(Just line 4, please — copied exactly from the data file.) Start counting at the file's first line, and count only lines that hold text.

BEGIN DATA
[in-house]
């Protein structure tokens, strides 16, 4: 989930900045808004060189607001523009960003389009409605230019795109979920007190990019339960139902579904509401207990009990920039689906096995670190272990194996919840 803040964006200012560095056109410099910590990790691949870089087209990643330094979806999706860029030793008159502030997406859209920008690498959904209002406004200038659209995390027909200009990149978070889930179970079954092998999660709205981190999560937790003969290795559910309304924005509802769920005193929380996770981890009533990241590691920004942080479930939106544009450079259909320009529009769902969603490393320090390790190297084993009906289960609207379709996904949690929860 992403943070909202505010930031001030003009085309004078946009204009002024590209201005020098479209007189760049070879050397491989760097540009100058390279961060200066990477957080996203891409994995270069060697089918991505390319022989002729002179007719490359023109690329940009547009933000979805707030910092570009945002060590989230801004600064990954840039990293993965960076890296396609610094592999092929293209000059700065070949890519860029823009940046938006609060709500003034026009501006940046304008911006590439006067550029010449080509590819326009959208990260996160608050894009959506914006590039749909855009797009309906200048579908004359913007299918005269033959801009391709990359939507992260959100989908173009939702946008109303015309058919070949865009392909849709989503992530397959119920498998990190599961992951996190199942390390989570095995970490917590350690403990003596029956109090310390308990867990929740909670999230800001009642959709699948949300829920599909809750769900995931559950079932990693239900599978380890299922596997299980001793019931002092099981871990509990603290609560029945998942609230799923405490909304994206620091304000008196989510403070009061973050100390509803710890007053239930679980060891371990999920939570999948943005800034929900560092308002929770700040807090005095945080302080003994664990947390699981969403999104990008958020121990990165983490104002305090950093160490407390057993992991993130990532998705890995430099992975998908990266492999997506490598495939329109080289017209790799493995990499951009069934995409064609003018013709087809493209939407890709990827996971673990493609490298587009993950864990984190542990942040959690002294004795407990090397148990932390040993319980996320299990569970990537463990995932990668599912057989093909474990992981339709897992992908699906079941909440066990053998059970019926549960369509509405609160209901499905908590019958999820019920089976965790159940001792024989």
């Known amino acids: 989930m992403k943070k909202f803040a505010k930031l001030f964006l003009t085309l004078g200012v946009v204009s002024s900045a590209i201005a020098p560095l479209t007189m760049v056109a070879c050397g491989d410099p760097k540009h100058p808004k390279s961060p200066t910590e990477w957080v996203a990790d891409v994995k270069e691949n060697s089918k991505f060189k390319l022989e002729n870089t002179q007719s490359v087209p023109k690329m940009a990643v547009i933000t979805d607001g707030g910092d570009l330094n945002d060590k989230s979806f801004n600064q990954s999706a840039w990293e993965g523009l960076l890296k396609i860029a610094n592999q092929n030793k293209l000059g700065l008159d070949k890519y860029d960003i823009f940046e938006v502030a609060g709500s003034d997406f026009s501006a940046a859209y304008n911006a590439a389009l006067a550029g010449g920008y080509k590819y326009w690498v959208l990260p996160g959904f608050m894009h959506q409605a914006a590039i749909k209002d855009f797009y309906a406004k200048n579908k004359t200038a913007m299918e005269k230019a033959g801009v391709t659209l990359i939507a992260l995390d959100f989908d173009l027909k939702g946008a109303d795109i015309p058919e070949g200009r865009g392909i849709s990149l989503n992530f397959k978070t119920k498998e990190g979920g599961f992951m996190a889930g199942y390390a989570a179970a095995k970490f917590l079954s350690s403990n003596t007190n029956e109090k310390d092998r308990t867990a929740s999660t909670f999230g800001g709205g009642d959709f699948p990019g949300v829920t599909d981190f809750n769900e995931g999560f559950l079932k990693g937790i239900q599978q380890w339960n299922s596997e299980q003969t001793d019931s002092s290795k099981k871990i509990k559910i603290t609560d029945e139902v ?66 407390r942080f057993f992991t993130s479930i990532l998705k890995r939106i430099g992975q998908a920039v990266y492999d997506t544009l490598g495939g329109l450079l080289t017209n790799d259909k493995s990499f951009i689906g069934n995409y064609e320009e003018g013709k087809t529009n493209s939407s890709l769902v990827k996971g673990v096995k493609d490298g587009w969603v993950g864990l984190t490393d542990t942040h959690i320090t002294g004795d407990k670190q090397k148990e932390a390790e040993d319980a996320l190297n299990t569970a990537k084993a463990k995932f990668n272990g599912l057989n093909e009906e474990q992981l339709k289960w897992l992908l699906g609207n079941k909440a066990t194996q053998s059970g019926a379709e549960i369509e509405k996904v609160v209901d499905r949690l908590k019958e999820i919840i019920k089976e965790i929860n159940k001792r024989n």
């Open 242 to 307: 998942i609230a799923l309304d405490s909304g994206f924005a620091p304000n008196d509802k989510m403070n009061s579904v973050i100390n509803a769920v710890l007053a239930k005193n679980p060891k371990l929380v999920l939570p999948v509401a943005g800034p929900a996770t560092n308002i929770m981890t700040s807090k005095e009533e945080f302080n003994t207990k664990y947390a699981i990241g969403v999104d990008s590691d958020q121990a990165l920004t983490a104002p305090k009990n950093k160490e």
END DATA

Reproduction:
């Open 242 to 307: 998942i609230a799923l309304d405490s909304g994206f924005a620091p304000n008196d509802k989510m403070n009061s579904v973050i100390n509803a769920v710890l007053a239930k005193n679980p060891k371990l929380v999920l939570p999948v509401a943005g800034p929900a996770t560092n308002i929770m981890t700040s807090k005095e009533e945080f302080n003994t207990k664990y947390a699981i990241g969403v999104d990008s590691d958020q121990a990165l920004t983490a104002p305090k009990n950093k160490e």